Scottish Conservative Party member Ruth Davidson, who had been at odds recently with party members and British Prime Minister Boris Johnson, announced her resignation Thursday.
Under Davidson’s leadership, the party made its greatest gains in the Scottish Parliament elections three years ago. Davidson, though, has been opposed to leaving the European Union — and the Conservative leadership.
In her announcement Thursday, she said her priority is family — and the recent birth of her son changed her personal priorities, particularly with respect to the terse political climate.
“Much has changed over the years of my leadership — both personally and in a wider political context,” Davidson wrote in a letter posted to Twitter. “While I have not hidden the conflict I felt over Brexit, I have attempted to chart a course for our party that recognizes and respects the referendum’s result while seeking to maximize opportunities and minimize risks for key Scottish businesses and sectors.
“I hope and believe industries as diverse as fishing fleets and whiskey producers have felt well represented by the Scottish Conservatives during this time.”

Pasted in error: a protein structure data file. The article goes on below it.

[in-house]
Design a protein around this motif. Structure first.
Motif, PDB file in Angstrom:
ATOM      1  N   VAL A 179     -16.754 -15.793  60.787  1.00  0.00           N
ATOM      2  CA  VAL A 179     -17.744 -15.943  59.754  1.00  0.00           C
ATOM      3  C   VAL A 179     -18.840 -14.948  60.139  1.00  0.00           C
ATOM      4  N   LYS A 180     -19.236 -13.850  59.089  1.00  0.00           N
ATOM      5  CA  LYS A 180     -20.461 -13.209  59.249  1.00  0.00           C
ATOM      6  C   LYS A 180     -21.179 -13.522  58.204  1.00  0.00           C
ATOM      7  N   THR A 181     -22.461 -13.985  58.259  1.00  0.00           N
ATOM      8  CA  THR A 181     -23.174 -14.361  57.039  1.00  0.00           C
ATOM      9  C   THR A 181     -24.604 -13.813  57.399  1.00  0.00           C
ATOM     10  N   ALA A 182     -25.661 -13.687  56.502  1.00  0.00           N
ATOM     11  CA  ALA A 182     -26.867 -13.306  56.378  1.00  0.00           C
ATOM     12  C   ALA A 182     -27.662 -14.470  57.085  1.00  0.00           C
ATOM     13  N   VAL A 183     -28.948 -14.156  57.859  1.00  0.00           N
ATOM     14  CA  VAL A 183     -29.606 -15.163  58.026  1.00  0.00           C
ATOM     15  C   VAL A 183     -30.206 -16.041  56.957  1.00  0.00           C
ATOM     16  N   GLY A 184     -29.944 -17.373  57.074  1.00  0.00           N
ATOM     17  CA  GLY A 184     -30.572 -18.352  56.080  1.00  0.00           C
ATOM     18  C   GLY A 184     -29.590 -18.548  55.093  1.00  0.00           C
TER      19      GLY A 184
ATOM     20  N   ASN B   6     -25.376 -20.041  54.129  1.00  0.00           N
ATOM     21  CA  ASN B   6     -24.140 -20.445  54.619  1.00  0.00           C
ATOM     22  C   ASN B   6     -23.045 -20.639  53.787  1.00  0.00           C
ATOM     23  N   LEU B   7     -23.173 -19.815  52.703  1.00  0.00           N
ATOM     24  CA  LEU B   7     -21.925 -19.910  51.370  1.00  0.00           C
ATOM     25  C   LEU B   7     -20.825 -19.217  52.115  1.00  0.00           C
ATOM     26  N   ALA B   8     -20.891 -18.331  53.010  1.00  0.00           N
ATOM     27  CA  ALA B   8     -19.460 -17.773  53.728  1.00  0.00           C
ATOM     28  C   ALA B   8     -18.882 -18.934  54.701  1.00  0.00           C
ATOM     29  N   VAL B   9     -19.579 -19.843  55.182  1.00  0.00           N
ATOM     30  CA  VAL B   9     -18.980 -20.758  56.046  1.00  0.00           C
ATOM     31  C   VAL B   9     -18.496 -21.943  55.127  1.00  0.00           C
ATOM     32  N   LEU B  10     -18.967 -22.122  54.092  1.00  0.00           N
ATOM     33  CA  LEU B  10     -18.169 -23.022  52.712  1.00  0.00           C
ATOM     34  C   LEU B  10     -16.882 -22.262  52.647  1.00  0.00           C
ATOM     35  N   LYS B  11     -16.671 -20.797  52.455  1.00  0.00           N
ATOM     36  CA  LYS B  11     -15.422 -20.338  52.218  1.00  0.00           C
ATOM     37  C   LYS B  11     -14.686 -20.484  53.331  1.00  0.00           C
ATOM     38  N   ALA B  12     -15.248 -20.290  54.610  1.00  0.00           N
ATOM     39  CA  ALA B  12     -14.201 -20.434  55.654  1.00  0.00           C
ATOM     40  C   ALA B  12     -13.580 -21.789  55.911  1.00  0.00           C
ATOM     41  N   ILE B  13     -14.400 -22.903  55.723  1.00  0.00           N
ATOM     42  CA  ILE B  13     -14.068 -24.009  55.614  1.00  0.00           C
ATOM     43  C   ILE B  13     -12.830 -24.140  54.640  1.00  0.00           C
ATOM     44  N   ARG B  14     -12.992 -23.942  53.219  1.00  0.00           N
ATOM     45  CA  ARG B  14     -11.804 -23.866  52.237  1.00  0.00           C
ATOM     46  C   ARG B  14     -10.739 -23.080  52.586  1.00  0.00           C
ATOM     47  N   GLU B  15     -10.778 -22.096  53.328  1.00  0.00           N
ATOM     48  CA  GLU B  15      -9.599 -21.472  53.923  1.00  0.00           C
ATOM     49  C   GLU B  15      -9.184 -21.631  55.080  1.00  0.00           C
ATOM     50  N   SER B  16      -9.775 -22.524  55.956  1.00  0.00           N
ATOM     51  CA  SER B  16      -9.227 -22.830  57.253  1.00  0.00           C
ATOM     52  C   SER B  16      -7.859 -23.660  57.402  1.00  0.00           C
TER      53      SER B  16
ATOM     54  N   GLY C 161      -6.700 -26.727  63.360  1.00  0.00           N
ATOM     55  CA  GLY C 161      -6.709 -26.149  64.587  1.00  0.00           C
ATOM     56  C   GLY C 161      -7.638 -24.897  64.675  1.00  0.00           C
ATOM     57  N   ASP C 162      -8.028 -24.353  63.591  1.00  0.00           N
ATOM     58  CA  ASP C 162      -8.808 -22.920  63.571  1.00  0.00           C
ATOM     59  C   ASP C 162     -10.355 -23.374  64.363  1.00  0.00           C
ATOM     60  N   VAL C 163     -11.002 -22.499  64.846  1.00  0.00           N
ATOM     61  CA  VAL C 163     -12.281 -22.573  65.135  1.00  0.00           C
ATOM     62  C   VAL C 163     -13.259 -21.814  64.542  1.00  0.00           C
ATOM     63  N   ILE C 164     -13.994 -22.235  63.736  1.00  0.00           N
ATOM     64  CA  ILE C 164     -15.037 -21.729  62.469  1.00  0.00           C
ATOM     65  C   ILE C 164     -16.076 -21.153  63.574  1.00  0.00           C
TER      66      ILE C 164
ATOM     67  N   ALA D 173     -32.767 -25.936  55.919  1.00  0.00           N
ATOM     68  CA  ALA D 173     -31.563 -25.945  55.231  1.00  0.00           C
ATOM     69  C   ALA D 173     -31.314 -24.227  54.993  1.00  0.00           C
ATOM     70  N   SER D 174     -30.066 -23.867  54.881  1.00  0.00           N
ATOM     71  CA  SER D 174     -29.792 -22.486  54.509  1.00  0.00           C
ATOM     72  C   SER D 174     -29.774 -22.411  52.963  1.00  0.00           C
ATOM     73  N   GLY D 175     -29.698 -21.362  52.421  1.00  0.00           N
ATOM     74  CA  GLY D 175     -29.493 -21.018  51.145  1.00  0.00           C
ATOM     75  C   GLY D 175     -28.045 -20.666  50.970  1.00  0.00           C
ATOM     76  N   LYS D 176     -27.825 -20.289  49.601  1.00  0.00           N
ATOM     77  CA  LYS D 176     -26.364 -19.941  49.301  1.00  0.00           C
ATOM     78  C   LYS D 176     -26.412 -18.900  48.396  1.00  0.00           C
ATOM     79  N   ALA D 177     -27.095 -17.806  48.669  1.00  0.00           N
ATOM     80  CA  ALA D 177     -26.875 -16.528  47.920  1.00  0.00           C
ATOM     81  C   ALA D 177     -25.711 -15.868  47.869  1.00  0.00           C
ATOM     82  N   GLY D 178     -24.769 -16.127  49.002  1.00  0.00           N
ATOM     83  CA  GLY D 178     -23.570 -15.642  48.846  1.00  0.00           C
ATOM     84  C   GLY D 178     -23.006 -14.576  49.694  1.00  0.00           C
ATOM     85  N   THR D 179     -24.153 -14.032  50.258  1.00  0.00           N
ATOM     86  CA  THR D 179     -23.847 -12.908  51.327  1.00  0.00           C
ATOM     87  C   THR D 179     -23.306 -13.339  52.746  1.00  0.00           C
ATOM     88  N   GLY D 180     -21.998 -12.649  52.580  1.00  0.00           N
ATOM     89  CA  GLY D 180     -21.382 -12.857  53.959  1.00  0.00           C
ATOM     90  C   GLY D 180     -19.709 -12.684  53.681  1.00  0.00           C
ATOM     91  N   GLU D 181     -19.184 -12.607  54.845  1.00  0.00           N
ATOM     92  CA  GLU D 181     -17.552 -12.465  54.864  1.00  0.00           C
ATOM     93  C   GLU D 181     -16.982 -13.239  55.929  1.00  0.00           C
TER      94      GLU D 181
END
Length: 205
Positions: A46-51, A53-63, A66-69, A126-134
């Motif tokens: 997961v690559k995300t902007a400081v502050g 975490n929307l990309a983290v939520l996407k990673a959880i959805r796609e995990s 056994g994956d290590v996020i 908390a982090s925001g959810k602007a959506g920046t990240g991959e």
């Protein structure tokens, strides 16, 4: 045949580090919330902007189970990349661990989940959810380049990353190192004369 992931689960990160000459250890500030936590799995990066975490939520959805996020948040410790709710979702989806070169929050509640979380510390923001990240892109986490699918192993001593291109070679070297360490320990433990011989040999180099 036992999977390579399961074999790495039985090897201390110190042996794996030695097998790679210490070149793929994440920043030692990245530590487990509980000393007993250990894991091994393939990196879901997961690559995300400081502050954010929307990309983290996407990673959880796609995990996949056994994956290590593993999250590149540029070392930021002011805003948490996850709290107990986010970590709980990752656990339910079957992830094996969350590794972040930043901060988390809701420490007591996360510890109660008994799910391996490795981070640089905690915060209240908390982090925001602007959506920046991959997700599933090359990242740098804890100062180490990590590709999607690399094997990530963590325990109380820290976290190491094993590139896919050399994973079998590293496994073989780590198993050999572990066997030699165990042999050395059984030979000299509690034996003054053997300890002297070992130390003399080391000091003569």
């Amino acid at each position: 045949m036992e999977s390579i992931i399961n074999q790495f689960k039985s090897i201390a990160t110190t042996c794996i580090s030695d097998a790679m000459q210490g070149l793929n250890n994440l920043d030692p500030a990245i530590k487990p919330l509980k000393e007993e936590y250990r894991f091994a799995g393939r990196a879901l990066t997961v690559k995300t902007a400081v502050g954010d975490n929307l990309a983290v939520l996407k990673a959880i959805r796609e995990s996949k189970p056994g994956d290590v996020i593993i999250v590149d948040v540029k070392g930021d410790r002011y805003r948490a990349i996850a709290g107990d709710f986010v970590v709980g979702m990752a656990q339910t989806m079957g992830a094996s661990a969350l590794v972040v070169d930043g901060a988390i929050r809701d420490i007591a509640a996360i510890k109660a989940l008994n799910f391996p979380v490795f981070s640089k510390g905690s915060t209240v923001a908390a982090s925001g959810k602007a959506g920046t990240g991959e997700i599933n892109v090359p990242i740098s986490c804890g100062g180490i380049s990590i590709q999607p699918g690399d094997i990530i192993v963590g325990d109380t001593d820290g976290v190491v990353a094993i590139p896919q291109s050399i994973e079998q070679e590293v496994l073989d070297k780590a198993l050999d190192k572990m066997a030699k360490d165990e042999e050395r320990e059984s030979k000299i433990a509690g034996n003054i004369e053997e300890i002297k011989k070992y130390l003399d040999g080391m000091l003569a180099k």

Former Prime Minister Theresa May expressed regret over Davidson’s exit.
“Sorry to see [her] step down as Leader,” May tweeted. “Thank you for all you’ve done for our party and our Union over the last eight years, and enjoy your well-deserved family time.”
Davidson’s announcement came one day after Johnson and Queen Elizabeth II agreed to shut down Parliament for five weeks, beginning next month — a move the prime minister said will facilitate his domestic agenda. Critics argue it’s an overt attempt to block lawmakers from trying to block Britain’s EU exit, which is set for Oct. 31, and one that’s drawn substantial backlash.
Protests spanned Britain in response, with opponents marching outside Parliament in London and shouting, “stop the coup.” Organizers said there will be more protests this weekend.
An Internet petition opposed to the shutdown has gathered more than a million signatures, satisfying the requirement needed for a debate in Parliament.